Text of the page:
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From the same journal

Estimated economic benefits during the 'decade of vaccines' include treatment savings, gains in labor productivity

Research output: Contribution to journalArticle

Published copy (DOI)


  • Meghan L Stack
  • Sachiko Ozawa
  • David M Bishai
  • Andrew Mirelman
  • Yvonne Tam
  • Louis Niessen
  • Damian G Walker
  • Orin S Levine


Publication details

JournalHealth affairs (Project Hope)
DatePublished - Jun 2011
Issue number6
Number of pages8
Pages (from-to)1021-8
Original languageEnglish


In 2010 the Bill & Melinda Gates Foundation announced a $10 billion commitment over the next ten years to increase access to childhood vaccines in the world's poorest countries. The effort was labeled the "Decade of Vaccines." This study estimates both the short- and long-term economic benefits from the introduction and increased use of six vaccines in seventy-two of the world's poorest countries from 2011 to 2020. Increased rates of vaccination against pneumococcal and Haemophilus influenzae type b pneumonia and meningitis, rotavirus, pertussis, measles, and malaria over the next ten years would save 6.4 million lives and avert 426 million cases of illness, $6.2 billion in treatment costs, and $145 billion in productivity losses. Monetary estimates based on this type of analysis can be used to determine the return on investment in immunization from both the international community and local governments, and they should be considered in policy making.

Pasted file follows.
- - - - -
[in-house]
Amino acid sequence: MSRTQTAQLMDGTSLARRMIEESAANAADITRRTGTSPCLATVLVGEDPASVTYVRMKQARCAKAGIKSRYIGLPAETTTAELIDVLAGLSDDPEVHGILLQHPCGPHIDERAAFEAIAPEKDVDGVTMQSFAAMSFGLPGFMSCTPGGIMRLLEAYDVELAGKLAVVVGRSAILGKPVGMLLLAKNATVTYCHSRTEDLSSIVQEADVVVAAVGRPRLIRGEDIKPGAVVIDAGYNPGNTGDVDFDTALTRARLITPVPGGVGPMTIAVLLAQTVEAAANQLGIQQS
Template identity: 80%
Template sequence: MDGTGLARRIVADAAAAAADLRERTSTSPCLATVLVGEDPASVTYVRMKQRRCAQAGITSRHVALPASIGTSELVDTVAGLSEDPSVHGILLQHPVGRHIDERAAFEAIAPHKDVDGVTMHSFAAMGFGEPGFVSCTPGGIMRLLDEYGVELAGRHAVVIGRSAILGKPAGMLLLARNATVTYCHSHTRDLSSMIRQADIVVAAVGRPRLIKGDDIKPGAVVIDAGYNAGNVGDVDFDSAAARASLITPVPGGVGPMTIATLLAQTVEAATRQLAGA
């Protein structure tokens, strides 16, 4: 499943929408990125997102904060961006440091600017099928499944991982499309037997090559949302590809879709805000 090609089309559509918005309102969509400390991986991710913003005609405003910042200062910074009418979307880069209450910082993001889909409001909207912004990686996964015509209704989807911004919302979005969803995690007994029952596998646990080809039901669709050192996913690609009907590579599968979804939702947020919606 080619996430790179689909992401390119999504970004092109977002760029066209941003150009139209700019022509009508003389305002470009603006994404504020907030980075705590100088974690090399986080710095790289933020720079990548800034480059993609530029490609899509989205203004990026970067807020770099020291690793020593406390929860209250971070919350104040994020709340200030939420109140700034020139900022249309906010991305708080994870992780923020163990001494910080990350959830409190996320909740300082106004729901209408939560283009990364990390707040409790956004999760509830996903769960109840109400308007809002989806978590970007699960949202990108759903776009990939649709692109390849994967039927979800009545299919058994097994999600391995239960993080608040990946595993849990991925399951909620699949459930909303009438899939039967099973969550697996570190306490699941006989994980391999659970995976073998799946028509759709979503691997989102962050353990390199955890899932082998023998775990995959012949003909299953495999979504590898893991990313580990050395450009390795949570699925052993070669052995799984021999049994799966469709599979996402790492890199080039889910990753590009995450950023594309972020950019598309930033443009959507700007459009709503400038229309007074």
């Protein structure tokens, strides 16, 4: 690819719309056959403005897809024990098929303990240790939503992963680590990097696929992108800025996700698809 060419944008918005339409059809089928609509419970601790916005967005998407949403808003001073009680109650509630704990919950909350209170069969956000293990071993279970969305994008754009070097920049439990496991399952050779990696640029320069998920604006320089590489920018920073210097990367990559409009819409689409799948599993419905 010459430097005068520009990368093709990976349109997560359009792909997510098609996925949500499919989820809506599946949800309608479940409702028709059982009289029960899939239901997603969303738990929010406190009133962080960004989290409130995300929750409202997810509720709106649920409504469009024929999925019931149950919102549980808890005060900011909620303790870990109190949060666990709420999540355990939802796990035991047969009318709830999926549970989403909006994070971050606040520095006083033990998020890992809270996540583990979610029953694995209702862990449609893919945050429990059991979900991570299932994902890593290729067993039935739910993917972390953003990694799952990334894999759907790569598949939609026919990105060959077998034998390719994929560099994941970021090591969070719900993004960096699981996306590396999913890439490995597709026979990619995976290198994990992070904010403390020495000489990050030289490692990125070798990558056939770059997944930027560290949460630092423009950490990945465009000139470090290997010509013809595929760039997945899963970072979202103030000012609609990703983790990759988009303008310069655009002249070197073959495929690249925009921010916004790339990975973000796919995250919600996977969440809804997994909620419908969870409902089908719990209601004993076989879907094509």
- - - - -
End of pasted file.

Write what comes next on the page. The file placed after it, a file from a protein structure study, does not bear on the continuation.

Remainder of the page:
Research areas

  • Altruism, Cost Savings, Cost of Illness, Efficiency, Employment, Health Care Costs, Health Services Accessibility, Humans, Immunization Programs, Models, Econometric, Vaccines

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